St. Paul’s epistle to the Romans, in Chapter 13, is the proof text and wellspring for those who press for dutiful submission to the state. The meat of it is found in verses 1 through 7:
“Let every person be subject to the governing authorities. For there is no authority except from God, and those that exist have been instituted by God. Therefore he who resists the authorities resists what God has appointed, and those who resist will incur judgment. For rulers are not a terror to good conduct, but to bad. Would you have no fear of him who is in authority? Then do what is good, and you will receive his approval, for he is God’s servant for your good. But if you do wrong, be afraid, for he does not bear the sword in vain; he is the servant of God to execute his wrath on the wrongdoer.
“Therefore one must be subject, not only to avoid God’s wrath but also for the sake of conscience. For the same reason you also pay taxes, for the authorities are ministers of God, attending to this very thing. Pay all of them their dues, taxes to whom taxes are due, revenue to whom revenue is due, respect to whom respect is due, honor to whom honor is due.”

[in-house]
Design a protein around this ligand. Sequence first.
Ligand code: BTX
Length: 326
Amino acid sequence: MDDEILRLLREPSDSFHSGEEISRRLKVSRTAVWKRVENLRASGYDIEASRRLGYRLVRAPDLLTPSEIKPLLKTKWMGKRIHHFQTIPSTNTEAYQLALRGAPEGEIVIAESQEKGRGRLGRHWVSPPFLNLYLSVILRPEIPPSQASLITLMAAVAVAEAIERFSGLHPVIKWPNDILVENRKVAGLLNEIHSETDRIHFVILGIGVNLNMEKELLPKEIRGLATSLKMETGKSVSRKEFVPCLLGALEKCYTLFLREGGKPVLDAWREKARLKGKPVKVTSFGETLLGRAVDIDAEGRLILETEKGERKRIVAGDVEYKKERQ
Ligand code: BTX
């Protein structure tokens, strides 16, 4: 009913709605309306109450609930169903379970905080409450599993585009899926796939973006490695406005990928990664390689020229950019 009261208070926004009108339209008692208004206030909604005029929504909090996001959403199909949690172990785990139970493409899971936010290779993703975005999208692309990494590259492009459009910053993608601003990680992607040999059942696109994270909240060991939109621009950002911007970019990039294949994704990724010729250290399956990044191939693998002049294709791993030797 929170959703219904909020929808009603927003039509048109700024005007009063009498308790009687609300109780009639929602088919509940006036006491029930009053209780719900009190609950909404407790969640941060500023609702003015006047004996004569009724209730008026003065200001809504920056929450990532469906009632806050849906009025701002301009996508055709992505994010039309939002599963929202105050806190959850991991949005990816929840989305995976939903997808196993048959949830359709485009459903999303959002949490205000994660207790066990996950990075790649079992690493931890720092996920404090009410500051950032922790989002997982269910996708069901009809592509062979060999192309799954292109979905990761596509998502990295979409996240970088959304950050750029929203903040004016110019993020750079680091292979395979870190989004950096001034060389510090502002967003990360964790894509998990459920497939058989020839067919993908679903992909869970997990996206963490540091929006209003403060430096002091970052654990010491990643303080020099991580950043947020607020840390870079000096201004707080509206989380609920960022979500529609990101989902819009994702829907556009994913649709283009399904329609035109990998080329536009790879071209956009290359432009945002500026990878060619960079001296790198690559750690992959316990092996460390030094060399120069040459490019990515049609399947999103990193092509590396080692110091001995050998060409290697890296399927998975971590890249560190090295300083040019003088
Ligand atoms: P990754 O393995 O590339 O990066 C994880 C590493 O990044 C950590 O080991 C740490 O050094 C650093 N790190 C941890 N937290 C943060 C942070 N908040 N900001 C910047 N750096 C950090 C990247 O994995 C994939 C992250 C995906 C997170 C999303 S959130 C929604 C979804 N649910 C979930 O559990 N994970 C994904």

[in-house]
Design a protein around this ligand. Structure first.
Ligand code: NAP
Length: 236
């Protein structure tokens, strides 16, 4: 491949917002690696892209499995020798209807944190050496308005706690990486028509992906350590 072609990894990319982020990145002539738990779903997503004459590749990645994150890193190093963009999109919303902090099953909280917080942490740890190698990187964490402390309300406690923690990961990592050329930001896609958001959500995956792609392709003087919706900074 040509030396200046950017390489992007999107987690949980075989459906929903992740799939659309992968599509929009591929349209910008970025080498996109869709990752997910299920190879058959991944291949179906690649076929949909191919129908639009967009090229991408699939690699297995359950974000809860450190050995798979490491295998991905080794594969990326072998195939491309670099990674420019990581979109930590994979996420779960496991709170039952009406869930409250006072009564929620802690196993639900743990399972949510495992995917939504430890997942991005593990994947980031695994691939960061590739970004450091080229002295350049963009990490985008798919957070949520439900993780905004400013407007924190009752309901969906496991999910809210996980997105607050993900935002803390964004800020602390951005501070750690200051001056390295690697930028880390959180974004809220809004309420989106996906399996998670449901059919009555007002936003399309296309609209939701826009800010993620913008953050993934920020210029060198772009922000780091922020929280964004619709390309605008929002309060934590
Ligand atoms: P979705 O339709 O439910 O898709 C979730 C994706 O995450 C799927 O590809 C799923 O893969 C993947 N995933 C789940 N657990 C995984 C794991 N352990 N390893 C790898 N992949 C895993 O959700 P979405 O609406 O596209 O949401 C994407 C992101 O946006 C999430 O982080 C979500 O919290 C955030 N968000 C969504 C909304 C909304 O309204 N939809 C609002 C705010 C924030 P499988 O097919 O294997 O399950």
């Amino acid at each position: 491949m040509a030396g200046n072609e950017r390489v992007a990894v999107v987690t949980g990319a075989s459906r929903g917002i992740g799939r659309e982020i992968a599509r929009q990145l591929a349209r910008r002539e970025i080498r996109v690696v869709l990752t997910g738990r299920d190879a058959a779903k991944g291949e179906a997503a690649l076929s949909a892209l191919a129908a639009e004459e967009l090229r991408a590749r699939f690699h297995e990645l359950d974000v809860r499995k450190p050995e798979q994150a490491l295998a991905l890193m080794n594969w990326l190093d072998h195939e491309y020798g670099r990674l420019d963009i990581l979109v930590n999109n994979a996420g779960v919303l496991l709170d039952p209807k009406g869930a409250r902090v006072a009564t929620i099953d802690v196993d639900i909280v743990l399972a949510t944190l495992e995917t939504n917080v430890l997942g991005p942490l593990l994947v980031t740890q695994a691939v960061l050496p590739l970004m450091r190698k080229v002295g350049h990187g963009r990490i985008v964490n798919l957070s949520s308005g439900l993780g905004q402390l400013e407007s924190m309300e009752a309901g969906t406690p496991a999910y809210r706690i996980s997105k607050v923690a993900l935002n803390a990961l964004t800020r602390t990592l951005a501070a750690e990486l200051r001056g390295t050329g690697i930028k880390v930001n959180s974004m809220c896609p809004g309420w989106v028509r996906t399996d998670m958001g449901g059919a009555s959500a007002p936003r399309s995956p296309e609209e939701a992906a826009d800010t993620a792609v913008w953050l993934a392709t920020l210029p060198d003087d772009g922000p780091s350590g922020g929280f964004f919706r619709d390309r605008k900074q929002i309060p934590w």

St. Paul writes that the ruler is “God’s servant for your good” and he counsels his reader: “do what is good, and you will receive his approval.” There is ample reason, however, to question the goodness of the state. Consider the government in the time of Jesus and St Paul. These are the folks who brought us:
- the massacre of the Holy Innocents in a failed attempt to murder the infant Jesus
- the arrest and murder of John the Baptist (for being critical of the King)
- the arrest and torture of Jesus, followed by his acquittal, but then executed anyway because the public disliked the verdict
- the later scourging of the apostles for preaching about Jesus
- the torture of St. Paul: his five times receiving forty lashes and three times being beaten with rods
- the murder by the emperor Nero of many Christians including the apostles Peter and Paul